211) (Parinda, 1989), (Satya, 1996). This is the genre, that was characterized by Lalitha Gopalan as movies that “replete with avenging women, gangsters, brutal police force and vigilante closures stage some of the most volatile struggles over representations that shape our public and private fantasies of national, communal, regional and sexual identities. ” (Gopalan L, 1997, pp. 42). Only recently the western cultural, and particularly movie traditions, have their influence on the Popular Hindi Cinema.

It happened because of the world globalization process, deeper interaction between East and West, changing Indian audience values, and thus demands and expectations from cinema plots and genres change (Ninian, A 2003). Responding to the changing tests of both Indian and foreign audience, other genres appeared. These movies are low budget, more realistic, sometimes even songs-less (Kaum, 2000 by Ram Gopal Varma). The genres of the movies are mainly thrillers and horrors, and introduce the concepts, that were previously taboo (for example, raping) ((Ninian, A 2003, pp.

235). Hong Kong cinema tradition. Hong Kong had remained the part of the United Kingdom till 1997. As a consequence, since the very beginning of cinema industry Hong Kong cinema tradition was deeply influenced by both western and Chinese movie tendencies. ‘It initially adopted the classical tradition and many of the generic conventions of Shanghai cinema, and then gradually developed its own model in a relatively free business environment with few political taboos’ (Nowell-Smith, G, 1997, pp. 709).

When it comes about Hong Kong genre development, the great differences from the Hindi Popular movies can be noticed. Being free from the most Indian taboo and censorship (western and influence), these movies came from realistic – at the beginning – to cynical style, containing excessive sex and violence scenes – in the 1970th (Nowell-Smith, G, 1997, 709). We can compare them to Indian, almost innocent movies of those times. One of the earliest genres – marital arts films (Chinese influence) – transformed into kung-fu comedies.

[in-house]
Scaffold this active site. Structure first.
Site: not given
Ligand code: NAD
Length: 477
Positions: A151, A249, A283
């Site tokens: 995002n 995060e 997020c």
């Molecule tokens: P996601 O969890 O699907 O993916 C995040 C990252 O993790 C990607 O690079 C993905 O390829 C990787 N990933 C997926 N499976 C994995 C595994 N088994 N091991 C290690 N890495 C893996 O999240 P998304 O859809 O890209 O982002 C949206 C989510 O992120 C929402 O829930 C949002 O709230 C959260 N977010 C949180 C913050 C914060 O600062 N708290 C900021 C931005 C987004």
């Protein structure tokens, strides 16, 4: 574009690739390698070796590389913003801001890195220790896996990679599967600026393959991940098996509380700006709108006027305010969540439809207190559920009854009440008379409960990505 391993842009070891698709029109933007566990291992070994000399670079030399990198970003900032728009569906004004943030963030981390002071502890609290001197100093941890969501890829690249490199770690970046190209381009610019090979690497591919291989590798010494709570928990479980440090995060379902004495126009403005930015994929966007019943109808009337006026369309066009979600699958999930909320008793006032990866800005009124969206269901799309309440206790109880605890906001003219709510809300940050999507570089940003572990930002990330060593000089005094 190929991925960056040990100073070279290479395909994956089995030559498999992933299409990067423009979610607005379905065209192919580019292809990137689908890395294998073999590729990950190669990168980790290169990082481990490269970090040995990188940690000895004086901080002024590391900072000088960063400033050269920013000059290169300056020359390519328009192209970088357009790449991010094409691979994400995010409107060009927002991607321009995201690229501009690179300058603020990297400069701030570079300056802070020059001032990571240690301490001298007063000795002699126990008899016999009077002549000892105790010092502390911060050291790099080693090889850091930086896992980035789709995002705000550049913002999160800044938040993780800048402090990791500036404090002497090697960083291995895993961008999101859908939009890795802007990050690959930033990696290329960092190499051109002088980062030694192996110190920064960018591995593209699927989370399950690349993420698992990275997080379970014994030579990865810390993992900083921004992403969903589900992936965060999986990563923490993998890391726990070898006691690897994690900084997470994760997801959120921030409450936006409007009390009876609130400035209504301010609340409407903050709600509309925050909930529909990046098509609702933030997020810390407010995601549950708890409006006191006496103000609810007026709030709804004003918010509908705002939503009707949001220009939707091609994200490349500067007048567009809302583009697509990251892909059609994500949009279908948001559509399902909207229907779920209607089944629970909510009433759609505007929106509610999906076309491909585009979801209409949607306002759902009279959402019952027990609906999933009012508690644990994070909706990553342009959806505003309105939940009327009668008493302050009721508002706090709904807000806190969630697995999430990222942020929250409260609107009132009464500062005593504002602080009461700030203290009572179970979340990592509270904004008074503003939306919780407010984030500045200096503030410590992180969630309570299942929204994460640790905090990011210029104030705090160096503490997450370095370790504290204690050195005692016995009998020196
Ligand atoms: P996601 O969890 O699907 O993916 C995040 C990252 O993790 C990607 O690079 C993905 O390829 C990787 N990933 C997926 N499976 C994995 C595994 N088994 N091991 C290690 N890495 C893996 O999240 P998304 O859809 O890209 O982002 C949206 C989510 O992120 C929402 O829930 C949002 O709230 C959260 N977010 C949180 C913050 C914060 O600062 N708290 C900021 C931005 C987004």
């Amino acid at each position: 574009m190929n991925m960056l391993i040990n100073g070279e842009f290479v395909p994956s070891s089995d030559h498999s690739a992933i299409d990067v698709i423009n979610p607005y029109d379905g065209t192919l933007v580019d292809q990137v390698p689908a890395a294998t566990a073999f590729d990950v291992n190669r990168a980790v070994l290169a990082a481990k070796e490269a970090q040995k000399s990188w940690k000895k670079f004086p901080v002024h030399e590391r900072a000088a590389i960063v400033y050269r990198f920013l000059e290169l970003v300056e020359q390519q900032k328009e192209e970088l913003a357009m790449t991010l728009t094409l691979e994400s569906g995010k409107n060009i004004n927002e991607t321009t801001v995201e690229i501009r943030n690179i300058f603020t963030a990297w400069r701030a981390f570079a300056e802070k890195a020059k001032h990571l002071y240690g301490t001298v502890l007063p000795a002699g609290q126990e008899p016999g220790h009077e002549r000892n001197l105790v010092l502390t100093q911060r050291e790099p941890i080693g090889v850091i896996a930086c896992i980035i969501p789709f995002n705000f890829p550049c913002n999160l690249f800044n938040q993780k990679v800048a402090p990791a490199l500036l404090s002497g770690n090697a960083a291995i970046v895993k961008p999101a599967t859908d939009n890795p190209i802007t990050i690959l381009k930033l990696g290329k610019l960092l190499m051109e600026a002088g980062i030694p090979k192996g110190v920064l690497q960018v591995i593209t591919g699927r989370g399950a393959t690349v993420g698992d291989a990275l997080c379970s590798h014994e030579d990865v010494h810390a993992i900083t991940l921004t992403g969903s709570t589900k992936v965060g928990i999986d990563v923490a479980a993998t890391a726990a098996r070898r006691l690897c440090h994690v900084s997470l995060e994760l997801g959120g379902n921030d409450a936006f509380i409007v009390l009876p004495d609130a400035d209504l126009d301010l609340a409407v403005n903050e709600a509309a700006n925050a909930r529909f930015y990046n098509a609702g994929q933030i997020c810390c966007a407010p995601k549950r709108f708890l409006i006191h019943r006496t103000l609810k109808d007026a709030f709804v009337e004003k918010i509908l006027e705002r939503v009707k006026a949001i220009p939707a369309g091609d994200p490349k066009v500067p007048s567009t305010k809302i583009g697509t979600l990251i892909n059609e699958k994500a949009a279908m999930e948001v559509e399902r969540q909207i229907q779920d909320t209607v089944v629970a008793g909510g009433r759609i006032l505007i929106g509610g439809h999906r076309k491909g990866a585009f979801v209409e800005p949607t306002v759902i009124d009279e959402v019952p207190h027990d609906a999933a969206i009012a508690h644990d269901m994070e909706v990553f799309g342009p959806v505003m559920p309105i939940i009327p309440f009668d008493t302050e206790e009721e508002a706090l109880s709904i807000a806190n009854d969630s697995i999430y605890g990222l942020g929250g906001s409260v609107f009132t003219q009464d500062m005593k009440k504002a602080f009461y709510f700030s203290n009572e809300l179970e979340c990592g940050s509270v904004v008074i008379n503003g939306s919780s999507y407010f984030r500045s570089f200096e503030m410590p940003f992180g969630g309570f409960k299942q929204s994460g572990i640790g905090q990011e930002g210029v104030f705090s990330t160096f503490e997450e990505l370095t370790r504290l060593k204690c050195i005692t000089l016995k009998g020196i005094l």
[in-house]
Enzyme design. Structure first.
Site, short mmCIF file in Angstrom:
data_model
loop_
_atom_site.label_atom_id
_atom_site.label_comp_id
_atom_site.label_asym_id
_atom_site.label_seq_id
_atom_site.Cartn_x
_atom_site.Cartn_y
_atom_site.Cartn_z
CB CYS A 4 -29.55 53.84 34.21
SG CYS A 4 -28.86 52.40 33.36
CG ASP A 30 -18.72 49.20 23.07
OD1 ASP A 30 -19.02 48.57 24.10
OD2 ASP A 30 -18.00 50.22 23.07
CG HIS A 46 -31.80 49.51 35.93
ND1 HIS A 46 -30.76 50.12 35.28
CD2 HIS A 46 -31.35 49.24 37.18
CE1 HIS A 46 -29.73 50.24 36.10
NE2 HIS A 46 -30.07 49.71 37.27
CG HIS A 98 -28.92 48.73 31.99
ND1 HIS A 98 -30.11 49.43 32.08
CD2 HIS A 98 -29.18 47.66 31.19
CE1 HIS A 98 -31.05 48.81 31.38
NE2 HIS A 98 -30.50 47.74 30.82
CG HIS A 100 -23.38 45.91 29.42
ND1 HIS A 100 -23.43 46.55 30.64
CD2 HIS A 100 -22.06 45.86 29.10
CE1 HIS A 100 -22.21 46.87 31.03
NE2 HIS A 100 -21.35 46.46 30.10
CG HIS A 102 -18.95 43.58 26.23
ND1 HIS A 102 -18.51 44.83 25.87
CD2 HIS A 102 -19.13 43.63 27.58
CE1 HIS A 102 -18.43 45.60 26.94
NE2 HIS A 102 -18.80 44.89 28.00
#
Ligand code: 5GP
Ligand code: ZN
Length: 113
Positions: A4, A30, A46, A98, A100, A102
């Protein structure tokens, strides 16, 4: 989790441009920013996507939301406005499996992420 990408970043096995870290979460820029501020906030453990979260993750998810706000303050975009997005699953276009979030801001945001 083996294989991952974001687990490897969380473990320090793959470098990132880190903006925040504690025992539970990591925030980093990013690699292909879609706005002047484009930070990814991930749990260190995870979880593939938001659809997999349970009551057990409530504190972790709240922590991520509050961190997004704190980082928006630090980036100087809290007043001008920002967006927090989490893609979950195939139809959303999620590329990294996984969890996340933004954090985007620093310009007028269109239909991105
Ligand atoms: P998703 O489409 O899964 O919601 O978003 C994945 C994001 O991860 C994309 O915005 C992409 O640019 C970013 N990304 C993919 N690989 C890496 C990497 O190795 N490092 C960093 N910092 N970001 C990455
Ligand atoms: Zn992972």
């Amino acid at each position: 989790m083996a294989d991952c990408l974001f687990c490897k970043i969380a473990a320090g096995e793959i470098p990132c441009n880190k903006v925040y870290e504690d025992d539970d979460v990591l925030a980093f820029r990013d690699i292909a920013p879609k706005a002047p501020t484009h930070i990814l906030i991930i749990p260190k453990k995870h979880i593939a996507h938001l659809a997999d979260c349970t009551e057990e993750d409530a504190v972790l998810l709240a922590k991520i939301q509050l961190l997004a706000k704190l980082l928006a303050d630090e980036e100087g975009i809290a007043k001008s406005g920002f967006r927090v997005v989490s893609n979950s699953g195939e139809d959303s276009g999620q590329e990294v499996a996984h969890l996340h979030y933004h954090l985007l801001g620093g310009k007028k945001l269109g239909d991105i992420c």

Jackie Chan achieved stardom in Yeun’s phenomenally successful Drunken Moster (Zui quati. 1978) (Nowell-Smith, G, 1997, pp. 709). These movies continuously improved to Hollywood and Japanese standards, which began to attract international attention. In 1980th, a new era of Hong Kong movie, cinema ‘established its identity and announced the coming of age of the indigenous culture using the best traditions of western and eastern movie characters (Nowell-Smith, G, 1997, 709). Thus, Hong Kong cinema is a kind of hybrid that combines the features of opposite cultures and develops its own style.

In this meaning Hong Kong cinema can also be called a unique phenomenon; but while the Indian uniqueness lies in its national identity, the specific of Hong Kong cinema is in the osmosis of western and eastern traditions. One of the outstanding features of Bollywood production is its popularity beyond the national boundaries. Considering the national specific of Hindi cinema, it can really seem a strange occurrence, that 65 per cent of total industry revenues brings the foreign audience. Indian movies are being exported to more then one hundred countries.

(Ninian, A 2003). But it is strange only at the first sight. Being the mirror of national Indian ideals, the movies attract millions of native Indians who live abroad. At the same time the movies represent the unusual exotic eastern world, play out the understanding of caste, class, community, gender, and sexuality in specific historical and social way. From this point of view the movies are interesting to western audience. Thus, we can say, that Hindi movies can find the place on both eastern and western markets. Hong Kong cultural transition.